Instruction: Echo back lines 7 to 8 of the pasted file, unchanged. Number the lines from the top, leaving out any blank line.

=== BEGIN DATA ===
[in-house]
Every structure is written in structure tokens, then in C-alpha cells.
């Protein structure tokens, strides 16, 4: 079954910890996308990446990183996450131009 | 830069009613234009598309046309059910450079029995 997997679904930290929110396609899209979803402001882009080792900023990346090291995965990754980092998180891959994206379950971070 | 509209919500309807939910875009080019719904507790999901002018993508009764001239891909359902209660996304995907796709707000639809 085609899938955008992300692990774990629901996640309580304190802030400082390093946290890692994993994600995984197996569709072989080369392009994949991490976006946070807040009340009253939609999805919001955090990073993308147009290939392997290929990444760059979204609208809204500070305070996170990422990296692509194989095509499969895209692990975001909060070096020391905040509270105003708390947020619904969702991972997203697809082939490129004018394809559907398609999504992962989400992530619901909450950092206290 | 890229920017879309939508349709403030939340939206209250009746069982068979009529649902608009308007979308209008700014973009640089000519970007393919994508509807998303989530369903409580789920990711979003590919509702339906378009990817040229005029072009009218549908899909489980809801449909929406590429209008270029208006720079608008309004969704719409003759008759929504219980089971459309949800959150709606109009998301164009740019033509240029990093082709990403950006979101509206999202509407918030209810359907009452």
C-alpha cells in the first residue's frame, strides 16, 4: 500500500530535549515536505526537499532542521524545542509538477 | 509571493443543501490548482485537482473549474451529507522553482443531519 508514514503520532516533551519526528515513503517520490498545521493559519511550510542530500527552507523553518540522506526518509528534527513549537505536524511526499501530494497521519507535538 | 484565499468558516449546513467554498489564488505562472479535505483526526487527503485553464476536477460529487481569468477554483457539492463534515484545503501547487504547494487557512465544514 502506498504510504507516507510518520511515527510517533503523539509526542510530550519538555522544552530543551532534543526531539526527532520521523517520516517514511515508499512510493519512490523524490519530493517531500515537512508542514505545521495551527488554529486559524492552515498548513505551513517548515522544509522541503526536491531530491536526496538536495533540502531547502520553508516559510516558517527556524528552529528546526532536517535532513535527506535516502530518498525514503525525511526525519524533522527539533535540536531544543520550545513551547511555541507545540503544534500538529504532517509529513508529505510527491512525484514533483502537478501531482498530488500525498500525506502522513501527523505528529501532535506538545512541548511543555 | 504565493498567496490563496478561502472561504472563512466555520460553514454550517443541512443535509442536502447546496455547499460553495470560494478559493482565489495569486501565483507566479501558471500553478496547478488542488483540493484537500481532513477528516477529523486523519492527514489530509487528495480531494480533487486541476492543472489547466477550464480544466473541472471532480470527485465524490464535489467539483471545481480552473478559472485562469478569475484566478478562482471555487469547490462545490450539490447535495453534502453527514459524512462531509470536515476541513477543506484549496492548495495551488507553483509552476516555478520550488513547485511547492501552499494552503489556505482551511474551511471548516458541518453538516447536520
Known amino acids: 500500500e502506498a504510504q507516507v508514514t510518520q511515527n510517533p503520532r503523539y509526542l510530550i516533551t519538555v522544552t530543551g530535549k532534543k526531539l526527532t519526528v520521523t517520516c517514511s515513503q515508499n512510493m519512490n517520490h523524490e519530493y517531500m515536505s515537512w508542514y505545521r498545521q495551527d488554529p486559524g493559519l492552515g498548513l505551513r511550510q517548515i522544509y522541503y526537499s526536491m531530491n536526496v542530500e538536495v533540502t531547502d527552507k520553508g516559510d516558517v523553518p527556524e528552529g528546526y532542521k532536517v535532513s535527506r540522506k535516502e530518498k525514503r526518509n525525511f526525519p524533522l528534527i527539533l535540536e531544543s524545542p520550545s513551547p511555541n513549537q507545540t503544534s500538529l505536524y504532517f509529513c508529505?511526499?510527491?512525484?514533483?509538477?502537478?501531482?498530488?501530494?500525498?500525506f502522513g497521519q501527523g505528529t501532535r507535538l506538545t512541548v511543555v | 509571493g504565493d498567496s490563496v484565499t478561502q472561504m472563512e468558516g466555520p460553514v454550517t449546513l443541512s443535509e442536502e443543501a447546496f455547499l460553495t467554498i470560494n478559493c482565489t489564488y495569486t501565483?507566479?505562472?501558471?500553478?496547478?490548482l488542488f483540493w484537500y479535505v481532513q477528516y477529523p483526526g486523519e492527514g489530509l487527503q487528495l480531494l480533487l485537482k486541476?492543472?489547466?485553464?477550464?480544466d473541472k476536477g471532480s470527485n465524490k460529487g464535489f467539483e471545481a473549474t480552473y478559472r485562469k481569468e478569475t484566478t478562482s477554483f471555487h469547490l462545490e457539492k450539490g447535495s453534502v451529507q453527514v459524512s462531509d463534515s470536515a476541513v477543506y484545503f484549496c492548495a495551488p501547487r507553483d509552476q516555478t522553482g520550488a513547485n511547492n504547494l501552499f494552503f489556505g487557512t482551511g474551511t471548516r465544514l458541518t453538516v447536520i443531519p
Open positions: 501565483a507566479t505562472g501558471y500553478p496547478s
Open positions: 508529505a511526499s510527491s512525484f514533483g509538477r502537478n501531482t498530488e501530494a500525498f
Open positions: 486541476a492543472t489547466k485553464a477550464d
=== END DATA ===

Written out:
Open positions: 508529505a511526499s510527491s512525484f514533483g509538477r502537478n501531482t498530488e501530494a500525498f
Open positions: 486541476a492543472t489547466k485553464a477550464d